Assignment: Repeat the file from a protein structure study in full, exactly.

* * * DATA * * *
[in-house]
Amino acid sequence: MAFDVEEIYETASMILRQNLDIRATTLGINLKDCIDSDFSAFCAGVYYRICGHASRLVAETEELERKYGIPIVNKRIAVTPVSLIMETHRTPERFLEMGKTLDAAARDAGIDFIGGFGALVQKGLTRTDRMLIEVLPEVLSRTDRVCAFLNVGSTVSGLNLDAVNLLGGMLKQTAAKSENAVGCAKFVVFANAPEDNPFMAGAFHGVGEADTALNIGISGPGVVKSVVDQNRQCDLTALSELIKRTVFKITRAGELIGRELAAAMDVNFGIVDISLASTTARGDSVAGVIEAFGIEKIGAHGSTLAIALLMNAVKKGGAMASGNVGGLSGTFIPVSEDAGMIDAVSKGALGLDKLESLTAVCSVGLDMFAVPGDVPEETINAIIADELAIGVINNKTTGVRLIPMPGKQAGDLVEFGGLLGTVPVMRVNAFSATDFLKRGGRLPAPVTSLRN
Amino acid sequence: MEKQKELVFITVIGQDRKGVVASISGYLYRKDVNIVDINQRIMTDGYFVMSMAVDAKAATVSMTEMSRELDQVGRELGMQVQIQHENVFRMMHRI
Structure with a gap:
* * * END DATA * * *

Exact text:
[in-house]
Amino acid sequence: MAFDVEEIYETASMILRQNLDIRATTLGINLKDCIDSDFSAFCAGVYYRICGHASRLVAETEELERKYGIPIVNKRIAVTPVSLIMETHRTPERFLEMGKTLDAAARDAGIDFIGGFGALVQKGLTRTDRMLIEVLPEVLSRTDRVCAFLNVGSTVSGLNLDAVNLLGGMLKQTAAKSENAVGCAKFVVFANAPEDNPFMAGAFHGVGEADTALNIGISGPGVVKSVVDQNRQCDLTALSELIKRTVFKITRAGELIGRELAAAMDVNFGIVDISLASTTARGDSVAGVIEAFGIEKIGAHGSTLAIALLMNAVKKGGAMASGNVGGLSGTFIPVSEDAGMIDAVSKGALGLDKLESLTAVCSVGLDMFAVPGDVPEETINAIIADELAIGVINNKTTGVRLIPMPGKQAGDLVEFGGLLGTVPVMRVNAFSATDFLKRGGRLPAPVTSLRN
Amino acid sequence: MEKQKELVFITVIGQDRKGVVASISGYLYRKDVNIVDINQRIMTDGYFVMSMAVDAKAATVSMTEMSRELDQVGRELGMQVQIQHENVFRMMHRI
Structure with a gap: